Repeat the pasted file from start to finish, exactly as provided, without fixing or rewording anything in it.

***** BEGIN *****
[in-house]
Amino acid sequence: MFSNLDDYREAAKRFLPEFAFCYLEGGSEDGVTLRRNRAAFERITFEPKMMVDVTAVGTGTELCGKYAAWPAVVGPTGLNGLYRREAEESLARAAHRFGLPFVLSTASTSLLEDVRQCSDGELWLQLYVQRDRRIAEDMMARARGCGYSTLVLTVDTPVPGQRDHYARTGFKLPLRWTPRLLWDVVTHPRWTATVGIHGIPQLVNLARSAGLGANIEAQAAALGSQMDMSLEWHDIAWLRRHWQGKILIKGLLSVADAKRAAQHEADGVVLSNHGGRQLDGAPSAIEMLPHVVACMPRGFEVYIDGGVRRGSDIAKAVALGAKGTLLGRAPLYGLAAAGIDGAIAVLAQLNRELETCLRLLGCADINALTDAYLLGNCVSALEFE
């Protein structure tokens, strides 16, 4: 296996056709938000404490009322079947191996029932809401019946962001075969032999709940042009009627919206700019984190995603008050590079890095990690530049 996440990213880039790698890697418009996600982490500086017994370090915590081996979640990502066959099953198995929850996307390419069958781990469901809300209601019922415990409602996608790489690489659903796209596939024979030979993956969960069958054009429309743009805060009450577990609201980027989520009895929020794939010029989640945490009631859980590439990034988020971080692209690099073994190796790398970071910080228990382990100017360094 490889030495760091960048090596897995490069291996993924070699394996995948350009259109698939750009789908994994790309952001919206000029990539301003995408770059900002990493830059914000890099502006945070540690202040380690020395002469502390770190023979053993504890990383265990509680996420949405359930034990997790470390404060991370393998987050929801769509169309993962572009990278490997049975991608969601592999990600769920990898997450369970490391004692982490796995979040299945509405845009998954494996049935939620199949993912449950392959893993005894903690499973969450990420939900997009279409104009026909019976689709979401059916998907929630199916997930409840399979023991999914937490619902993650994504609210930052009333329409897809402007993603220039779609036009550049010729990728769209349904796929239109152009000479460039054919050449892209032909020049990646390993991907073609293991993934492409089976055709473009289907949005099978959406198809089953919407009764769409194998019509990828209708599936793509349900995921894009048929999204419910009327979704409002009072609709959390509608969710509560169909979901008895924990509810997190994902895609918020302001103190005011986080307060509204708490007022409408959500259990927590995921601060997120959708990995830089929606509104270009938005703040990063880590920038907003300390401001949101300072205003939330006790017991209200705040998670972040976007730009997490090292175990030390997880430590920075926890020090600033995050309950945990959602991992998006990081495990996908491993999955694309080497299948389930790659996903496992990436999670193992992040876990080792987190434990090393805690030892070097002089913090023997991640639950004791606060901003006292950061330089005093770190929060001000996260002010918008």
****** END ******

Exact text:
[in-house]
Amino acid sequence: MFSNLDDYREAAKRFLPEFAFCYLEGGSEDGVTLRRNRAAFERITFEPKMMVDVTAVGTGTELCGKYAAWPAVVGPTGLNGLYRREAEESLARAAHRFGLPFVLSTASTSLLEDVRQCSDGELWLQLYVQRDRRIAEDMMARARGCGYSTLVLTVDTPVPGQRDHYARTGFKLPLRWTPRLLWDVVTHPRWTATVGIHGIPQLVNLARSAGLGANIEAQAAALGSQMDMSLEWHDIAWLRRHWQGKILIKGLLSVADAKRAAQHEADGVVLSNHGGRQLDGAPSAIEMLPHVVACMPRGFEVYIDGGVRRGSDIAKAVALGAKGTLLGRAPLYGLAAAGIDGAIAVLAQLNRELETCLRLLGCADINALTDAYLLGNCVSALEFE
């Protein structure tokens, strides 16, 4: 296996056709938000404490009322079947191996029932809401019946962001075969032999709940042009009627919206700019984190995603008050590079890095990690530049 996440990213880039790698890697418009996600982490500086017994370090915590081996979640990502066959099953198995929850996307390419069958781990469901809300209601019922415990409602996608790489690489659903796209596939024979030979993956969960069958054009429309743009805060009450577990609201980027989520009895929020794939010029989640945490009631859980590439990034988020971080692209690099073994190796790398970071910080228990382990100017360094 490889030495760091960048090596897995490069291996993924070699394996995948350009259109698939750009789908994994790309952001919206000029990539301003995408770059900002990493830059914000890099502006945070540690202040380690020395002469502390770190023979053993504890990383265990509680996420949405359930034990997790470390404060991370393998987050929801769509169309993962572009990278490997049975991608969601592999990600769920990898997450369970490391004692982490796995979040299945509405845009998954494996049935939620199949993912449950392959893993005894903690499973969450990420939900997009279409104009026909019976689709979401059916998907929630199916997930409840399979023991999914937490619902993650994504609210930052009333329409897809402007993603220039779609036009550049010729990728769209349904796929239109152009000479460039054919050449892209032909020049990646390993991907073609293991993934492409089976055709473009289907949005099978959406198809089953919407009764769409194998019509990828209708599936793509349900995921894009048929999204419910009327979704409002009072609709959390509608969710509560169909979901008895924990509810997190994902895609918020302001103190005011986080307060509204708490007022409408959500259990927590995921601060997120959708990995830089929606509104270009938005703040990063880590920038907003300390401001949101300072205003939330006790017991209200705040998670972040976007730009997490090292175990030390997880430590920075926890020090600033995050309950945990959602991992998006990081495990996908491993999955694309080497299948389930790659996903496992990436999670193992992040876990080792987190434990090393805690030892070097002089913090023997991640639950004791606060901003006292950061330089005093770190929060001000996260002010918008």